Gracing me with their sound: the final production version of DeVore Fidelity Gibbon X loudspeakers ($15,890/pair) with new tweeter and midrange, SPEC GMP-8000EX turntable with EMT 997 tonearm ($24,000) and EMT TSD-15 MC phono cartridge ($1950), Spec REQ-1EX phono preamp ($11,500), Auditorium 23 Hommage T2 step-up transformer ($4995), Line Magnetic LM-502CA DAC ($1795), Spec RSA-M3EX 60wpc integrated amp ($9900), Box Furniture Company W4A four-shelf stand ($4200), and the least expensive components of all, Auditorium 23 cabling (2.5m speaker cables at $980/pair).

And there you have it, live and direct from Serinusland USA.

Footnote 1: As tempting as it might be to wonder if a poor Internet connection might affect the quality of an audio file, it shouldn't matter as long as all the data packets are correctly downloaded. (Streaming is a different matter, of course.) If they are not, either the file will have dropouts or, much more likely, will be too corrupt to play. Both John DeVore and Jason downloaded the same "Water Night" file from my DropBox folder so there should not have been any differences between their copies.

This recording was produced by Erick Lichte with the choir conducted by Ethan Sperry. The recording venue was St. Stephen's Catholic Church in Portland, Oregon, with its wonderfully rich acoustic. Mikes were an ORTF pair of Neumann M147 tubed cardioids and a spaced pair of DPA high-voltage omnis. Mike preamps were all Millennia Media and the master A/D converter was an Ayre Acoustics QA-9. I anticipate the CD being made commercially available in late 2016.—John Atkinson

maelob's picture

Why put down such great products like NAD and Emotiva? Found your comment below a little harsh. You make it sound like affordable electronics sound like crap, etc etc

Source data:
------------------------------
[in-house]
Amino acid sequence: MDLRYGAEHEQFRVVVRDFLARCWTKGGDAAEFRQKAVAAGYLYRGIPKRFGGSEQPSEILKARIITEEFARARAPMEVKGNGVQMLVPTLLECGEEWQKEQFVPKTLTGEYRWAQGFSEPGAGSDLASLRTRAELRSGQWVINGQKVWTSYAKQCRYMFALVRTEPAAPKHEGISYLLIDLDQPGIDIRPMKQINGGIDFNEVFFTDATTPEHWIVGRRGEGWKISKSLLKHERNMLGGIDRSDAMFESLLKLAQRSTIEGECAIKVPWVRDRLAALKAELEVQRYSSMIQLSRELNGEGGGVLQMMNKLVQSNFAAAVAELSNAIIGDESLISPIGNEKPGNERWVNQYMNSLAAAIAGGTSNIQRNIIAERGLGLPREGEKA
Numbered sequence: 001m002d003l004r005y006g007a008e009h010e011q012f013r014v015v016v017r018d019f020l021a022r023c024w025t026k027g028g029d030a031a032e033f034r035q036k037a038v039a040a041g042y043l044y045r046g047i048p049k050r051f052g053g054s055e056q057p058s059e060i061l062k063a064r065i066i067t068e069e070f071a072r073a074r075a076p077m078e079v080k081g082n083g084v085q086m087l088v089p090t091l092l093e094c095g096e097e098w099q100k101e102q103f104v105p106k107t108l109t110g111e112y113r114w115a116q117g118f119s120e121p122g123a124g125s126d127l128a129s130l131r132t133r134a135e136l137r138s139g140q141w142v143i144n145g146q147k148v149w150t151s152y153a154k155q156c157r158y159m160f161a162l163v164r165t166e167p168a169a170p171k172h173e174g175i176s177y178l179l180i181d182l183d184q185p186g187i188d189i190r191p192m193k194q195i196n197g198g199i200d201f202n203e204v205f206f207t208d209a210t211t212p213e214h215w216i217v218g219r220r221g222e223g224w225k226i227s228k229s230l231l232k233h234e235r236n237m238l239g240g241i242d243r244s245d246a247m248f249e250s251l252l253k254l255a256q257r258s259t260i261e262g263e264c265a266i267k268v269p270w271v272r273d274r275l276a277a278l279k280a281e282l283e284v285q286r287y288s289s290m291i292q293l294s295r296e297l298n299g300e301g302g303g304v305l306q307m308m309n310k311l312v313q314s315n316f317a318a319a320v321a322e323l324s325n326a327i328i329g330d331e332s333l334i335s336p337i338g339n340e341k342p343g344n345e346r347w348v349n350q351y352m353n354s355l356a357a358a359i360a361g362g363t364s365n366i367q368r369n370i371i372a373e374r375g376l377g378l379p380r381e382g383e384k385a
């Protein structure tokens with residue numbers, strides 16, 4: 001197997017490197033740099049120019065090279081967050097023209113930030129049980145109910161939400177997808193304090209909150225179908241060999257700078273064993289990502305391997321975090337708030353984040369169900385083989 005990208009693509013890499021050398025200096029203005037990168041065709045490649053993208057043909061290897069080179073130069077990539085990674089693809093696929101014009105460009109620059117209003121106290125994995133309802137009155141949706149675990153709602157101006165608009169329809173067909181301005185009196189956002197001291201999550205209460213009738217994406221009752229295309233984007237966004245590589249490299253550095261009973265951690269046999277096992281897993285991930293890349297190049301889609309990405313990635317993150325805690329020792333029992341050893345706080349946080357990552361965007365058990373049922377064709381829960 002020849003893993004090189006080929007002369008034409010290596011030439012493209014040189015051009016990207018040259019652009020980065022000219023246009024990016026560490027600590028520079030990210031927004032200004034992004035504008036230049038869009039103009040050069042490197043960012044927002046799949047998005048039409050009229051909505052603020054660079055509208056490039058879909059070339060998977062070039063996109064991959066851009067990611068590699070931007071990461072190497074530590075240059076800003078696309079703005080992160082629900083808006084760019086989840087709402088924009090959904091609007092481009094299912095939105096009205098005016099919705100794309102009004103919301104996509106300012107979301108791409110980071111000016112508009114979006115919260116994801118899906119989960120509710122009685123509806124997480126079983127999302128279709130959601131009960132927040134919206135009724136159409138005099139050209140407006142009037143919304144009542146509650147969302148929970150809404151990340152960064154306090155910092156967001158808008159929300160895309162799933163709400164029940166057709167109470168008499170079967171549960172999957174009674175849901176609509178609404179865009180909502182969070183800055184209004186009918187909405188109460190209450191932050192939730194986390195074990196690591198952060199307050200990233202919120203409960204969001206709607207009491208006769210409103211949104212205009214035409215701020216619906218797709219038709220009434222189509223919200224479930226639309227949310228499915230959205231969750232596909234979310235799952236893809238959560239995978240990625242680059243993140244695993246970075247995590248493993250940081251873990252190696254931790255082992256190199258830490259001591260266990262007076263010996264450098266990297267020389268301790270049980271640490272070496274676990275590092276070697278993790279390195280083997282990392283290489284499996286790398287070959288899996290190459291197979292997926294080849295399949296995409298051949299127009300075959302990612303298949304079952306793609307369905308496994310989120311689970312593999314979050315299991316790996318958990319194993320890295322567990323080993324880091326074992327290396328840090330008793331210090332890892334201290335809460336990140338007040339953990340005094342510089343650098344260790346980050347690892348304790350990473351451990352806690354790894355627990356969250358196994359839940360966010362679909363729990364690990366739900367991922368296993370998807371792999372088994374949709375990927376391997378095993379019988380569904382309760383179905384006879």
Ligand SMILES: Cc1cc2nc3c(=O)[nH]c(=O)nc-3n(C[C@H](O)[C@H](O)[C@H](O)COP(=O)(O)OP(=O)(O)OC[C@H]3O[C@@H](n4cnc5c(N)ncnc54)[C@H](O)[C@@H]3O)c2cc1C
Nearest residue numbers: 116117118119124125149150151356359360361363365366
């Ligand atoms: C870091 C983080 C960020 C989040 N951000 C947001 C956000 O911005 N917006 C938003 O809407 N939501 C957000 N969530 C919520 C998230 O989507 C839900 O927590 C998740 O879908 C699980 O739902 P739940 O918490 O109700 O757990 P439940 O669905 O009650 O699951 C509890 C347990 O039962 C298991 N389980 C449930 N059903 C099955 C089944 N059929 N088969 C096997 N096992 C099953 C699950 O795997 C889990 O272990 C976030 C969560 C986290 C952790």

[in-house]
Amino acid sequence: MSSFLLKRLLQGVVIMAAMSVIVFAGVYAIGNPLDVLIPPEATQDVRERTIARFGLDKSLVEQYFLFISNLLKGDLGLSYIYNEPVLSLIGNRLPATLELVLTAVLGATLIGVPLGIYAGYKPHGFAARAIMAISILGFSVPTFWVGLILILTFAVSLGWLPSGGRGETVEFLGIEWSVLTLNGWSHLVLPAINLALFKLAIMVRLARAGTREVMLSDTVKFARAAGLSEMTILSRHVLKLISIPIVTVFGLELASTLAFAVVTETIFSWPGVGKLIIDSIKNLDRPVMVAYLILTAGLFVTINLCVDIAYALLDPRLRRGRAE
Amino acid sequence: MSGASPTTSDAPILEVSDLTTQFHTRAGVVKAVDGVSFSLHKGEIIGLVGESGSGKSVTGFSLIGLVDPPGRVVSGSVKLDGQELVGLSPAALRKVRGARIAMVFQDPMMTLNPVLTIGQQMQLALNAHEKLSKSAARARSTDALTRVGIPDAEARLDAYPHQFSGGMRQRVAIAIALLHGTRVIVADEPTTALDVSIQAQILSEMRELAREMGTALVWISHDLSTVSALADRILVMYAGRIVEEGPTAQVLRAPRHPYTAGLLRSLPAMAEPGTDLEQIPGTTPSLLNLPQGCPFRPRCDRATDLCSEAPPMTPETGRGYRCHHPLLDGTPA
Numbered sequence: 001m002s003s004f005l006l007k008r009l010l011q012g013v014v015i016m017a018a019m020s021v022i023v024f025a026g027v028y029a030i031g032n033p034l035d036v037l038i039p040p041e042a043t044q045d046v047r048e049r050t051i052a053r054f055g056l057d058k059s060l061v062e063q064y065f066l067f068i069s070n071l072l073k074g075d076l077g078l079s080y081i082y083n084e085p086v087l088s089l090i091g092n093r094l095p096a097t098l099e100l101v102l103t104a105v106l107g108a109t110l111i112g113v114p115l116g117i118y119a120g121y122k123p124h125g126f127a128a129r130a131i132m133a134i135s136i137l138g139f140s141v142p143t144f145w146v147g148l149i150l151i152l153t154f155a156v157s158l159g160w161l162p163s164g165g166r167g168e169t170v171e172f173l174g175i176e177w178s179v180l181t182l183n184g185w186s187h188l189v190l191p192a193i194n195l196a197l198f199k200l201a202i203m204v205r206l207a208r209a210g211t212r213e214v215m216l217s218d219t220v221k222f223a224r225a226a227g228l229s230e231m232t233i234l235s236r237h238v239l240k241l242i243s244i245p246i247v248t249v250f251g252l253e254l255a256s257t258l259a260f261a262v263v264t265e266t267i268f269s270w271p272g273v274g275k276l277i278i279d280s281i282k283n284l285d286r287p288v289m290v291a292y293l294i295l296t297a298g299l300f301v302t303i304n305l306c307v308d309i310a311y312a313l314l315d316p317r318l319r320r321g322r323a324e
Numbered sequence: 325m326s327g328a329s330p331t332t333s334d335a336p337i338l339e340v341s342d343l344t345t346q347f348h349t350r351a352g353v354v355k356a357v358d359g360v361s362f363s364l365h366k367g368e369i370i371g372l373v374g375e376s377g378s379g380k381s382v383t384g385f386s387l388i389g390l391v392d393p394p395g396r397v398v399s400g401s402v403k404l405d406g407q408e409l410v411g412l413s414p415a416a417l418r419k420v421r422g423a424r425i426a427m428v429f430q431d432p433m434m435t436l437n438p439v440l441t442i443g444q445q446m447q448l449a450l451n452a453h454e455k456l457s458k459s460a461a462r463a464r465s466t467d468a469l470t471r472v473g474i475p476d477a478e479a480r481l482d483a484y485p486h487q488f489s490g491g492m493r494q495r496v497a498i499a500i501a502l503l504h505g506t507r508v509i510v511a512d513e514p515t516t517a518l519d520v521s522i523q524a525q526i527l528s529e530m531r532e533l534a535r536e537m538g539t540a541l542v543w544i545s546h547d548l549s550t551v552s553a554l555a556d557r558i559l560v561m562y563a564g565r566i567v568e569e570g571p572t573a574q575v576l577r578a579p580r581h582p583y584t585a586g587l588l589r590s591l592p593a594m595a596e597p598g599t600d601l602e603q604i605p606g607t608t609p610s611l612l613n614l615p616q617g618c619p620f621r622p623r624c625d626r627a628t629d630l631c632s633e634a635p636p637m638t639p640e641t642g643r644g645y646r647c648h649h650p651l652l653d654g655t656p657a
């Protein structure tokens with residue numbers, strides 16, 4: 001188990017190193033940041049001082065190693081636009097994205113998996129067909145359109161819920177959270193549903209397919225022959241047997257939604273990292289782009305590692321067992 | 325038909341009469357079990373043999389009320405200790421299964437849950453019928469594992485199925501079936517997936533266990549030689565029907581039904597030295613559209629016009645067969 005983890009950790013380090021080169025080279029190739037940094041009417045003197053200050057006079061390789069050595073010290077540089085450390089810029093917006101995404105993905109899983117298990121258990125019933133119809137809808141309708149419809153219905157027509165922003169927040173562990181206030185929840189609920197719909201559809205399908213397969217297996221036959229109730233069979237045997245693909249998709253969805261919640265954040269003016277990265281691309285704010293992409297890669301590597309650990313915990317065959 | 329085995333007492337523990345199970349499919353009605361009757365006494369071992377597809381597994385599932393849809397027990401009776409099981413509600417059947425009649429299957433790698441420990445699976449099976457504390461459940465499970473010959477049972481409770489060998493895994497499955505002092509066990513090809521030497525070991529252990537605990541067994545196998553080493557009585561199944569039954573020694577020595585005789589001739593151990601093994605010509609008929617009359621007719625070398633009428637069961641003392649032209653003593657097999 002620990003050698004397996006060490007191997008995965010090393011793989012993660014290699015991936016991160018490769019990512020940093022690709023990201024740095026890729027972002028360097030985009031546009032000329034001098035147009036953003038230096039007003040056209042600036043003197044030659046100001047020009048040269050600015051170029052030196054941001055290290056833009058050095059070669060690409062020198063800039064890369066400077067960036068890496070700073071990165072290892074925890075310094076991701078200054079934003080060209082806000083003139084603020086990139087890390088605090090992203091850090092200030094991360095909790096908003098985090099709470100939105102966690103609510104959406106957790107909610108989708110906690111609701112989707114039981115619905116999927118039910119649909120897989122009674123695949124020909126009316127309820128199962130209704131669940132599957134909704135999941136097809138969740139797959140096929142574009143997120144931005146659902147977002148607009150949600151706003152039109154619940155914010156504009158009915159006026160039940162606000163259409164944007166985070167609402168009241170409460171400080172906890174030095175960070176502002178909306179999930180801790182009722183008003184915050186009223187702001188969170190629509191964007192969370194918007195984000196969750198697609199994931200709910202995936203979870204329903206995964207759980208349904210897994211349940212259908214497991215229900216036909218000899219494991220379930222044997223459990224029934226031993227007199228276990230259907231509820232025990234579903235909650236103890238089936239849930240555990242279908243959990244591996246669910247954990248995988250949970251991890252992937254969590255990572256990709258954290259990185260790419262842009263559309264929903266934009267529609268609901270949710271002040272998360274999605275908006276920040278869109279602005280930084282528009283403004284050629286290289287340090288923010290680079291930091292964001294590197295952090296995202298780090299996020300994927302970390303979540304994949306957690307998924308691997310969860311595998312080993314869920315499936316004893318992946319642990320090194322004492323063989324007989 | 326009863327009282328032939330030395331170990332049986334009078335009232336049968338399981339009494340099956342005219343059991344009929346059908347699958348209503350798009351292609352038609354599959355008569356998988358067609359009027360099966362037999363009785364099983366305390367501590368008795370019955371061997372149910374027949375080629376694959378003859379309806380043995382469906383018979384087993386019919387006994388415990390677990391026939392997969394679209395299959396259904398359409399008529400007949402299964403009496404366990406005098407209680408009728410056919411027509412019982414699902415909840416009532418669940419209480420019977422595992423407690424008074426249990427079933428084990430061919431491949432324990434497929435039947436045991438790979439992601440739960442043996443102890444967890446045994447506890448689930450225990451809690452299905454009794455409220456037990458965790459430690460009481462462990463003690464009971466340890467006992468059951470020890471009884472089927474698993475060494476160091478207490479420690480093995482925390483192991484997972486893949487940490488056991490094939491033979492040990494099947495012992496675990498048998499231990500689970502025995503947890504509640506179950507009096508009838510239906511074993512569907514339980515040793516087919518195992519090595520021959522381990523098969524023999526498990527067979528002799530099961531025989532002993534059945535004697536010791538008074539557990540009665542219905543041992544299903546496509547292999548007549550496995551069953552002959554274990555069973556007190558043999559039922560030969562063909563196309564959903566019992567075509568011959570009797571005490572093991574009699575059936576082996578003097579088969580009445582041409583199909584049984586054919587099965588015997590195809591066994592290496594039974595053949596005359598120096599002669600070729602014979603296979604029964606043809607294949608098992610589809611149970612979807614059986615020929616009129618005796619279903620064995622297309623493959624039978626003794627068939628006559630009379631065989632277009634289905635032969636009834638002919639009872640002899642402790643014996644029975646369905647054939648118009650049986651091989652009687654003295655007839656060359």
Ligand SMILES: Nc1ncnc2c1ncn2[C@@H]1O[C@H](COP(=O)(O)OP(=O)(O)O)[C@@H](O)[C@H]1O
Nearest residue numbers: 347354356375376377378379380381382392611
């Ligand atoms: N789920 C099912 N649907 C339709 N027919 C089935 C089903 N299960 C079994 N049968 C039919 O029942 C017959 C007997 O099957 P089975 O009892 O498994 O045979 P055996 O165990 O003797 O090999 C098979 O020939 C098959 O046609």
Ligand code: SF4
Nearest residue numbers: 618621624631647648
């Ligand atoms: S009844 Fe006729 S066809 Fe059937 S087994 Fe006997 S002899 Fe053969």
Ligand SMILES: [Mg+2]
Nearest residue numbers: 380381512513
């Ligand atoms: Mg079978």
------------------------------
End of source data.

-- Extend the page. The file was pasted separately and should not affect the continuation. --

"By any right, the Audio Alchemy components should have sounded somewhat like budget components of the NAD or Emotive category"

Maybe I am bias because I own both brands by the way because of great recommendations from magazines like this, but at the same time you don't need to keep reminding readers that your cheap stuff is not as good as......

eriks's picture

I don't think it's all about affordability here. I'm sure there is gear in the Emotiva price range that sounds great.

As for NAD, I'm not sure pricing matters to their sound quality lately... ( Oh no he didn't! ) LOL. Go listen to Monitor Audio Silvers with some Conrad Johnson or Arcam or Parasound Halo gear and see how you like those by comparisons.

maelob's picture

Totally agree, just didnt like his tone about my beloved Emotiva which can easily drive those Monitor Audio Silvers. lol I know there will always be better but don't be talking smack about budget gear.

eriks's picture

The AM 30 has a Mundorf tweeter, Accuton mid/woofer, along with an all-Mundorf crossover of at least two grades. Now, if only I could hear it in a decent room. :)

Jason Victor Serinus's picture

I was writing at midnight. We will make the change to the copy.

Anon2's picture

I love Wilson Audio products but the price increases probably have to be worrying all admirers (along with the near 50% cost increase coming along with the new B&W 800 series).